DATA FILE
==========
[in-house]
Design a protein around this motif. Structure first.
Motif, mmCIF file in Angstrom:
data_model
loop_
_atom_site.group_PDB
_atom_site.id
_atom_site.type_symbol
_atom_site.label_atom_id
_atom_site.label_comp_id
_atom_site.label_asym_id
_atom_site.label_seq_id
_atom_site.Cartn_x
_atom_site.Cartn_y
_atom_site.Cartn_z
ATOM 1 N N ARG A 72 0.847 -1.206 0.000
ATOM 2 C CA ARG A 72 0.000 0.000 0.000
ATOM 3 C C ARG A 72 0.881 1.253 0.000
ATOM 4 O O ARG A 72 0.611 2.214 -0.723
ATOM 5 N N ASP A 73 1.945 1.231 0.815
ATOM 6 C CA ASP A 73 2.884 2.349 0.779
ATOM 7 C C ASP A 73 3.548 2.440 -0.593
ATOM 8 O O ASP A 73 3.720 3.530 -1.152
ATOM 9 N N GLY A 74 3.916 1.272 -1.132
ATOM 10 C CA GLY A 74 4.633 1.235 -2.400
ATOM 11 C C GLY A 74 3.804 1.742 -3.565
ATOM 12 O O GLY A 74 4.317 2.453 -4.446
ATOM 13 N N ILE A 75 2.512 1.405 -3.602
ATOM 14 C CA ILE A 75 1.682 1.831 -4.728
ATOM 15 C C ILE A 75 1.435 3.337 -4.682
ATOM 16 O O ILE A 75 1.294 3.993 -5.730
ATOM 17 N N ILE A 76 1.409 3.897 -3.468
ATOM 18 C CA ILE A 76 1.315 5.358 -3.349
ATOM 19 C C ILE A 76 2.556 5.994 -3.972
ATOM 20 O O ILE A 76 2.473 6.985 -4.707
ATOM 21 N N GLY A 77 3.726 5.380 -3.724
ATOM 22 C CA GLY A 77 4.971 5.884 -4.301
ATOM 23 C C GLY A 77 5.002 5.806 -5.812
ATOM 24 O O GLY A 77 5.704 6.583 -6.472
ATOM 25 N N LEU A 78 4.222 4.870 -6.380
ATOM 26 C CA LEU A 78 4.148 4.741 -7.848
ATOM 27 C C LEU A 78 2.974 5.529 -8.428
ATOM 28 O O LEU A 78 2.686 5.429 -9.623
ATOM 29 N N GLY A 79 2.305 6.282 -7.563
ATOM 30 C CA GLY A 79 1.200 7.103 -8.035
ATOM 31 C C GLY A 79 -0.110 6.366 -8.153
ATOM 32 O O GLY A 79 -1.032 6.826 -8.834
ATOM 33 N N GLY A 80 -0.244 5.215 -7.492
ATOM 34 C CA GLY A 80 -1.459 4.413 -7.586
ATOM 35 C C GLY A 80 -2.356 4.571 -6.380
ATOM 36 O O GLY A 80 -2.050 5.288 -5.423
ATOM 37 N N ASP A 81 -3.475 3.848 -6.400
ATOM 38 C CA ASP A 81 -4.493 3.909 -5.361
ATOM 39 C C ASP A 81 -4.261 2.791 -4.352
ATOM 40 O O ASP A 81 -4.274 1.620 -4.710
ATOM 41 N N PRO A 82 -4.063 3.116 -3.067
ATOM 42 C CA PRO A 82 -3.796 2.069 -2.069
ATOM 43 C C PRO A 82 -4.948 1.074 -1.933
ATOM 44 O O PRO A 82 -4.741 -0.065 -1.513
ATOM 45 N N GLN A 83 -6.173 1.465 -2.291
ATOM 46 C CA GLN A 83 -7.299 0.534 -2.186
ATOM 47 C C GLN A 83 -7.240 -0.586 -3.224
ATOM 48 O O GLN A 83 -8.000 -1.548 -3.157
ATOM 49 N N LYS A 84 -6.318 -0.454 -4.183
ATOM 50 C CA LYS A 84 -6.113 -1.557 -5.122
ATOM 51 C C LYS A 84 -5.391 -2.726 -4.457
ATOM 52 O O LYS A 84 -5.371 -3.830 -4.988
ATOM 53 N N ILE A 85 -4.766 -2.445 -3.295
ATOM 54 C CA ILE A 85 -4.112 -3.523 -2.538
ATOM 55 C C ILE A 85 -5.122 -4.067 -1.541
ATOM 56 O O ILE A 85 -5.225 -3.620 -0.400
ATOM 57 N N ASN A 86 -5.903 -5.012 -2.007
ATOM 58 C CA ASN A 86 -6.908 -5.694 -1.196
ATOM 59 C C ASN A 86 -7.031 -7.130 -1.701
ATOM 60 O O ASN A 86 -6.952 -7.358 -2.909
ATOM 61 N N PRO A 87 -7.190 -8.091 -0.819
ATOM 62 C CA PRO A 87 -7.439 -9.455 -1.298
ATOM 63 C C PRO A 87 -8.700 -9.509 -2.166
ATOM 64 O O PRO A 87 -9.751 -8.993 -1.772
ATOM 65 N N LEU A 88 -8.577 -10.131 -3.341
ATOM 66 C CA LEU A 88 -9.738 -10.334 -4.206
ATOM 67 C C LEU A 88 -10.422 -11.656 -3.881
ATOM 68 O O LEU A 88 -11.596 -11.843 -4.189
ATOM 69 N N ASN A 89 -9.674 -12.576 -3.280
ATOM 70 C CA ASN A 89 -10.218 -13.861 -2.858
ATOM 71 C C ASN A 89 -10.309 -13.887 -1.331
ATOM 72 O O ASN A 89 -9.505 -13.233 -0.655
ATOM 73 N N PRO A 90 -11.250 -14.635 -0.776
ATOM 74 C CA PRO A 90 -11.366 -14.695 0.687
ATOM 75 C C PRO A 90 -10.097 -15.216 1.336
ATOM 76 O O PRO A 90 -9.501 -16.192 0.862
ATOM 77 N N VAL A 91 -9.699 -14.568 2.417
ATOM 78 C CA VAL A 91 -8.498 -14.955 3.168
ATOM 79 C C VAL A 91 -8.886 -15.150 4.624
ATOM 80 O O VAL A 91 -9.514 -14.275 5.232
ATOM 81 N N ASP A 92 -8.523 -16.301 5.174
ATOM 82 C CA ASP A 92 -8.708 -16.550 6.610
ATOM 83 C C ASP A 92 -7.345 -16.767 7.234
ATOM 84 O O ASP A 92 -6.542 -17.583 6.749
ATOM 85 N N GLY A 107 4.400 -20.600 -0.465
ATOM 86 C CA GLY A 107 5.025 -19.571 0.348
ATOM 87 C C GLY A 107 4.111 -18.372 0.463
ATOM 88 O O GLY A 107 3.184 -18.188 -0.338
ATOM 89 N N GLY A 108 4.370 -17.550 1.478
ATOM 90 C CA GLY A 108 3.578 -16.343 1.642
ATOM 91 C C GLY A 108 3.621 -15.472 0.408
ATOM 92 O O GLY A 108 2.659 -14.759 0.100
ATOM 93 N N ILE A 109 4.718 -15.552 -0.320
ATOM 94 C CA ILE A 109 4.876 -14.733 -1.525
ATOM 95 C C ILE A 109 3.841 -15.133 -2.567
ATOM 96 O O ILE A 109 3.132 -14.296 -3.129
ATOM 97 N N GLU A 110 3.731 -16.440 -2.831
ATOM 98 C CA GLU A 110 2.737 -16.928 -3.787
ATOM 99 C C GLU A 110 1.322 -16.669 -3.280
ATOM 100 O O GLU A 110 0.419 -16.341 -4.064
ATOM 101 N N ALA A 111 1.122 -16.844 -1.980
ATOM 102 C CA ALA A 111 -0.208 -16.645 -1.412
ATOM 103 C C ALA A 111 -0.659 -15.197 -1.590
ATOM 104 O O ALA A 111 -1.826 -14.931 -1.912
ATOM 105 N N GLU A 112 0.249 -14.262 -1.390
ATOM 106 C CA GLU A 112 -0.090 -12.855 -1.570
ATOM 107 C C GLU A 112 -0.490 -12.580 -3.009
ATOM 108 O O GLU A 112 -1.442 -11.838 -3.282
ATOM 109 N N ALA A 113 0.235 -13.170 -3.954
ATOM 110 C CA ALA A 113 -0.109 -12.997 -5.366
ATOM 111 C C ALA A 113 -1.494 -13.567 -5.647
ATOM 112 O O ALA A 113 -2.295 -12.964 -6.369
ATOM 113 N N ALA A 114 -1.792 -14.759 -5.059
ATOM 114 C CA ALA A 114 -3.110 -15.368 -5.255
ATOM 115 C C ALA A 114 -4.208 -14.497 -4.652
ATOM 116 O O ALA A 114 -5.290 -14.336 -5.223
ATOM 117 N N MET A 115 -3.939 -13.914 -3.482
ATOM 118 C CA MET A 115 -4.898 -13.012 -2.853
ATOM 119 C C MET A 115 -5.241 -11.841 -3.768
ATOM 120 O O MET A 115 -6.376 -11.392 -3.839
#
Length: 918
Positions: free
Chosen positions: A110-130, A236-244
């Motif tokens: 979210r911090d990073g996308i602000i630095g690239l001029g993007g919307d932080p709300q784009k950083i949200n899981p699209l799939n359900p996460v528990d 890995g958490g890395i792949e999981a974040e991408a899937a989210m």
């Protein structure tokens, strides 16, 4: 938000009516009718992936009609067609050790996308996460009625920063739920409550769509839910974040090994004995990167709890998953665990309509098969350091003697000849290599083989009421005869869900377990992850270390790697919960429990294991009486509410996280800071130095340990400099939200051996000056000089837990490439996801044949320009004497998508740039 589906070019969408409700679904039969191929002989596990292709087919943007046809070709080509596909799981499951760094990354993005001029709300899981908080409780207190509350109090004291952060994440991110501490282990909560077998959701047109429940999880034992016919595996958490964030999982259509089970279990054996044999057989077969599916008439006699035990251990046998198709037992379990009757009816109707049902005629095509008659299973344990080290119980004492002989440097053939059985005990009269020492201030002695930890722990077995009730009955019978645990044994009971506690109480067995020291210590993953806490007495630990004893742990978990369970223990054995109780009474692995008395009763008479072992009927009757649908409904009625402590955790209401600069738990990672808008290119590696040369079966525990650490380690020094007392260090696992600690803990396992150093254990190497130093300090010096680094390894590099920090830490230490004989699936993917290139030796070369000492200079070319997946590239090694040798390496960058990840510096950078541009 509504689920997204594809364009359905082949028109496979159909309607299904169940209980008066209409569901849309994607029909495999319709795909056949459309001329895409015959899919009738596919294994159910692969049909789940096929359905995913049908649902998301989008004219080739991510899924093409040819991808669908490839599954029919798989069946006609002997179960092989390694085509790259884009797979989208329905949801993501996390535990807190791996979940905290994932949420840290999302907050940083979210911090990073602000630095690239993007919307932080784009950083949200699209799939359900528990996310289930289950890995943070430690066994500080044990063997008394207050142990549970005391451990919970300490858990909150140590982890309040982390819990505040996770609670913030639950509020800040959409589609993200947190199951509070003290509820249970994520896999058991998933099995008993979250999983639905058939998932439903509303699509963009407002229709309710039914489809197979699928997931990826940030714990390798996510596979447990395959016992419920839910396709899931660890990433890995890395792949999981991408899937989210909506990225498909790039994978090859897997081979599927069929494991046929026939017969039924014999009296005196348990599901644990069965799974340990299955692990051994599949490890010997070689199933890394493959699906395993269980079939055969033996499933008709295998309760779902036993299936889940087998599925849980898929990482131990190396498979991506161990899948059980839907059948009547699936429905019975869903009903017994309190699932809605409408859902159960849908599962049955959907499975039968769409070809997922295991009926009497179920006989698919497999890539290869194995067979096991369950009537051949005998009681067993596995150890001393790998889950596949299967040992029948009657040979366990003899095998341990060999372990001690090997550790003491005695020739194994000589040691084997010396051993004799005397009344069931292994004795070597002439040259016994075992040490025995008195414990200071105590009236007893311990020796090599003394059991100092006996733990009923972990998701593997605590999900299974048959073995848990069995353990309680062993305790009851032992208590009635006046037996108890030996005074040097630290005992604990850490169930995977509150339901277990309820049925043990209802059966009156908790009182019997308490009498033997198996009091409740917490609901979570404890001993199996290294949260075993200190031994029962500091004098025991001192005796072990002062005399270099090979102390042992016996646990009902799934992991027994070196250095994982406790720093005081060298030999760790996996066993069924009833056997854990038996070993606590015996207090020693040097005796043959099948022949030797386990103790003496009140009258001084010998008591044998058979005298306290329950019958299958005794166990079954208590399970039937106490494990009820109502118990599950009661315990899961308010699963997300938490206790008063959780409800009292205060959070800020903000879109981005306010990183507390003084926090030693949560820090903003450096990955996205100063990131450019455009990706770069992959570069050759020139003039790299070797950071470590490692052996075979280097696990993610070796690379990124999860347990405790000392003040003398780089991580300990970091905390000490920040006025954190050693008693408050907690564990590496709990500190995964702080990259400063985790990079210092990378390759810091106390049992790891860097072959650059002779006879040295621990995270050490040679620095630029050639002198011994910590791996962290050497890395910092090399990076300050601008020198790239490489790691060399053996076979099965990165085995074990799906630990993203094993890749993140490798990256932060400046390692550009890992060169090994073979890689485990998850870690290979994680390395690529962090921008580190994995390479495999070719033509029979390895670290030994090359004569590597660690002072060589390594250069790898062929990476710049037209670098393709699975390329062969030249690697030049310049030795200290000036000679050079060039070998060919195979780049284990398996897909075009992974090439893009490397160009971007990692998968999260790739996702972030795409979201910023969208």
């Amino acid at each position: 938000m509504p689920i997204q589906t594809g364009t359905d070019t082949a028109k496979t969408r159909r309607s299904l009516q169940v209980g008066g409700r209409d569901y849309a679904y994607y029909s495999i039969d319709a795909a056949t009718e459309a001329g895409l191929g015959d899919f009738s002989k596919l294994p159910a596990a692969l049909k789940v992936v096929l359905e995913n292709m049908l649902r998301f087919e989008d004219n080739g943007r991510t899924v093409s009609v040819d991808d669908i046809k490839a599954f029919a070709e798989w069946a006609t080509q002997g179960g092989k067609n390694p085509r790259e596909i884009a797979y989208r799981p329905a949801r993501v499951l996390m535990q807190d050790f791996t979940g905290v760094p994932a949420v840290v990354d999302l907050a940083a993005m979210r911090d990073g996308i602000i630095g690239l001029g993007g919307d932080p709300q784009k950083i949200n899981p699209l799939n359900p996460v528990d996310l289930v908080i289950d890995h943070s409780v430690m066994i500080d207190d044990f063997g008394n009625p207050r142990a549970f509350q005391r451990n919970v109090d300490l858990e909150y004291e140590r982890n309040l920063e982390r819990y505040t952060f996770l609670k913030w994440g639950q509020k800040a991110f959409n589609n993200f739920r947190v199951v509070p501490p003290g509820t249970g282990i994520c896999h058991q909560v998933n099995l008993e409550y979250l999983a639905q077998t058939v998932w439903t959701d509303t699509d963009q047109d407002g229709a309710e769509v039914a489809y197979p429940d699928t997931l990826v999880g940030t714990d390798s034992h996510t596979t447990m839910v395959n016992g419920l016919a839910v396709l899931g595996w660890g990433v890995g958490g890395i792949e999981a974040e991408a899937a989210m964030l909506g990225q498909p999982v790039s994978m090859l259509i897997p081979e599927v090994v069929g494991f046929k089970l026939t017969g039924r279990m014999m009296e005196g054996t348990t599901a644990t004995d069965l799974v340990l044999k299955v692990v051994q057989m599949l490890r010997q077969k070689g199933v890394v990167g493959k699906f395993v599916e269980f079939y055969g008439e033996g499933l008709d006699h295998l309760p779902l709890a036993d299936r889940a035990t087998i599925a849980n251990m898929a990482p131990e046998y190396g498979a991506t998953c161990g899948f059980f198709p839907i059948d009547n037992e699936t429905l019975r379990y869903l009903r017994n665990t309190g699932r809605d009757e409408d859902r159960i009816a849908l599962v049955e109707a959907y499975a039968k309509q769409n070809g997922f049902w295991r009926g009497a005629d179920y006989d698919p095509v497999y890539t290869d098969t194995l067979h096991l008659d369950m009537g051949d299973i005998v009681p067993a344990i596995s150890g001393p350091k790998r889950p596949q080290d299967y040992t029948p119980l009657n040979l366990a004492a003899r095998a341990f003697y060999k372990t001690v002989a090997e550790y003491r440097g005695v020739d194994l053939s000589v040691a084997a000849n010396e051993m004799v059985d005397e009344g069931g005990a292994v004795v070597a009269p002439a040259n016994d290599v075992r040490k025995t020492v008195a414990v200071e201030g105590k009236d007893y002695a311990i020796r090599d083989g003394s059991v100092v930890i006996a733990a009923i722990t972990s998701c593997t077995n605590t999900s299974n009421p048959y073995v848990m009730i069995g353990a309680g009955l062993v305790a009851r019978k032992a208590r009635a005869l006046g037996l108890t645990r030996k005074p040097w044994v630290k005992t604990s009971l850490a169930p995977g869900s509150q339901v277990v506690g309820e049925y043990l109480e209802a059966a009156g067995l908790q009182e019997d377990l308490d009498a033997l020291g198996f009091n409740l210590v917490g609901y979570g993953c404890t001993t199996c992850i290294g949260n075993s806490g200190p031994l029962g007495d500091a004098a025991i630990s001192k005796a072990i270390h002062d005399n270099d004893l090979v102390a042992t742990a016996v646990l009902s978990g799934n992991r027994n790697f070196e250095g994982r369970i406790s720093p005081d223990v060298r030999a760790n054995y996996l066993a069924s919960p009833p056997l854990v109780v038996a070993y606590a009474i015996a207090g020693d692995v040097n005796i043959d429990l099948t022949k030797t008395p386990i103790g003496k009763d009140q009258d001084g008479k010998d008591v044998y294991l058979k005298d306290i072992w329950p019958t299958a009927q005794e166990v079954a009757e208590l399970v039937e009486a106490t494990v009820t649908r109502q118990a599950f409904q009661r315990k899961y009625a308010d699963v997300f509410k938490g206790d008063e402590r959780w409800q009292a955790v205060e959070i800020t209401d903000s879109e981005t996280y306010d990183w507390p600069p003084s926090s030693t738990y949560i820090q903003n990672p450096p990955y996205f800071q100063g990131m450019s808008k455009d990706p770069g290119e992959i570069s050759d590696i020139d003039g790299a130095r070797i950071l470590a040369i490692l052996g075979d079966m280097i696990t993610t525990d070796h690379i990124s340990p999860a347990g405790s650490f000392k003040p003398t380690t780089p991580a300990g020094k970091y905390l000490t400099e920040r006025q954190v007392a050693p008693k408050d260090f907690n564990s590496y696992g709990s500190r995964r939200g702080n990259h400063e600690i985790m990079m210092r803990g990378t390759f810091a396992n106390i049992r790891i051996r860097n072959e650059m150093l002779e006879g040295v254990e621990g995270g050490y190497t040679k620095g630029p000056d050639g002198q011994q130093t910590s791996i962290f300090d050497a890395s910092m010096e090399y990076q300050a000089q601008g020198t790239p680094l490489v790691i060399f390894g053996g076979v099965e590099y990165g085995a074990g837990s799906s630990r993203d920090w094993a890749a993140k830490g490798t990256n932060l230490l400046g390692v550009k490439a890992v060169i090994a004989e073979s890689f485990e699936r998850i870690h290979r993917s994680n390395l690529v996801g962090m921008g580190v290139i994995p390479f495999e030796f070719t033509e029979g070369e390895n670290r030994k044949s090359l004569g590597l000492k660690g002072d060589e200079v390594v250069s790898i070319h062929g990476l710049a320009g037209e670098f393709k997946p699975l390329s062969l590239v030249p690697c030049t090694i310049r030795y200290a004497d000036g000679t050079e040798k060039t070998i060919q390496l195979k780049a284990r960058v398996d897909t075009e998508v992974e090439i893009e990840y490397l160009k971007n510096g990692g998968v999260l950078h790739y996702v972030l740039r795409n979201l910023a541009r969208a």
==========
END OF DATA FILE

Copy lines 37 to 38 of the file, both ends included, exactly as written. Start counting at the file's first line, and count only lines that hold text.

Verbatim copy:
ATOM 22 C CA GLY A 77 4.971 5.884 -4.301
ATOM 23 C C GLY A 77 5.002 5.806 -5.812